Nuclear Policy Unaffected  by US Domestic Disputes

Nuclear Policy Unaffected by US Domestic Disputes

A parliamentarian said disputes between political groups in the United States do not affect the Islamic Republic's policy on the nuclear talks with the major powers.
Behrouz Nemati made the remarks in an interview with ICANA on Saturday in reference to the legislation introduced by US senators late on Friday requiring congressional review of any deal with Iran over its nuclear program.
"The existing contradictions in the United States (regarding the nuclear talks) have roots in next year's election in the country as the clashes between Republicans and Democrats… have always had a direct bearing on the US presidential election," Nemati said.
"Regardless of political rows in the United States, the Majlis is sensitive to the process and fate of the negotiations between Iran and the P5+1 (the five permanent members of the UN Security Council plus Germany), and it will not be the case that we give in to demands by the Americans and Congress because Tehran does not involve itself in internal political conflicts in the United States," he continued.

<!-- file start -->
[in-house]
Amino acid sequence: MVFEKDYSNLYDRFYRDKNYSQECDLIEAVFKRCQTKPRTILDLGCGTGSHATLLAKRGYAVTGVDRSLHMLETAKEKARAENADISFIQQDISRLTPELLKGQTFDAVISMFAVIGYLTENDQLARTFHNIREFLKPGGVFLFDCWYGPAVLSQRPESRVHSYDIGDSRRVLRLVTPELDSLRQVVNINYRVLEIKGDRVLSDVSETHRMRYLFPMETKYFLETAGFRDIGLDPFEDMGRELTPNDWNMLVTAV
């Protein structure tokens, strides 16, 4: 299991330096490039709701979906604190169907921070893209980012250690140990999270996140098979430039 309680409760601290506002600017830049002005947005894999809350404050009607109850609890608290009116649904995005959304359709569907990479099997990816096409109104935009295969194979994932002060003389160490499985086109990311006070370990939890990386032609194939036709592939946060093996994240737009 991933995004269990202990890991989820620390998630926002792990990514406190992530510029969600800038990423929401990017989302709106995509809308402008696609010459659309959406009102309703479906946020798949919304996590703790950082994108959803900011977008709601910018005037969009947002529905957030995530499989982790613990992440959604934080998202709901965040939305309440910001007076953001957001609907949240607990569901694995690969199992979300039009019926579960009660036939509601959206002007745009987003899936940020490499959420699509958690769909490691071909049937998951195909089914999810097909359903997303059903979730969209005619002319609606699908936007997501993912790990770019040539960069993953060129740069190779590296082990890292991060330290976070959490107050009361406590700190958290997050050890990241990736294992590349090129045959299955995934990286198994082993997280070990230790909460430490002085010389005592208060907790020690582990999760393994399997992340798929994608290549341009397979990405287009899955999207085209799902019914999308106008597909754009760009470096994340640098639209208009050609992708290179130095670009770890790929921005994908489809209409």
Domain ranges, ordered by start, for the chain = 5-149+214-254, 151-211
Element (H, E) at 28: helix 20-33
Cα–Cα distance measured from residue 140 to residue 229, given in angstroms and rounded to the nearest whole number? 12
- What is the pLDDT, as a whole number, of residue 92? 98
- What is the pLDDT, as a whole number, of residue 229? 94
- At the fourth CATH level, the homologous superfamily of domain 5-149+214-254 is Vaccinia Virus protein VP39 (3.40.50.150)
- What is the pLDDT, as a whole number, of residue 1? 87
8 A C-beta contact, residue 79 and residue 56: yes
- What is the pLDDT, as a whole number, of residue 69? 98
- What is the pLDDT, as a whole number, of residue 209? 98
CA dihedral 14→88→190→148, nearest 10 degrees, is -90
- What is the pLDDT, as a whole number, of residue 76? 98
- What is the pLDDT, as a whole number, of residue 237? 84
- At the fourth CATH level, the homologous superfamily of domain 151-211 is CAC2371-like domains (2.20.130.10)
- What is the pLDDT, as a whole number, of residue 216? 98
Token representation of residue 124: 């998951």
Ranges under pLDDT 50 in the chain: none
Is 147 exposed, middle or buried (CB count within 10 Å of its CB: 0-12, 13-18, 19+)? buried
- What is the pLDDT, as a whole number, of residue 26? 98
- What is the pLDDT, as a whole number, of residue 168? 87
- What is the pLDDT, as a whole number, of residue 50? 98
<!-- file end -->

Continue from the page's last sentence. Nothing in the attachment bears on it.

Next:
Reuters reported that the Iran Nuclear Agreement Review Act would require US President Barack Obama to submit to Congress the text of any agreement within five days of concluding a final deal with Iran. The bill would also prohibit Obama from suspending or waiving sanctions on Iran passed by Congress for 60 days after a deal.
"It is important that we preserve the integrity of the congressional sanctions," said Senate Foreign Relations Committee Chairman Bob Corker, a Republican who sponsored the measure with Senator Bob Menendez, the top Democrat on the panel, and others.
The bill creates a "responsible review process that will allow Congress the opportunity to approve or disapprove the agreement before the administration could attempt to remove these sanctions," Corker said.
The foreign relations panel passed a new sanctions bill on Iran last month. But lawmakers are giving the talks between Iran and the six major countries, including the United States, until a March 24 deadline before that bill would move to the Senate floor.
It was not immediately known when the bill introduced on Friday would come to a vote in the committee.


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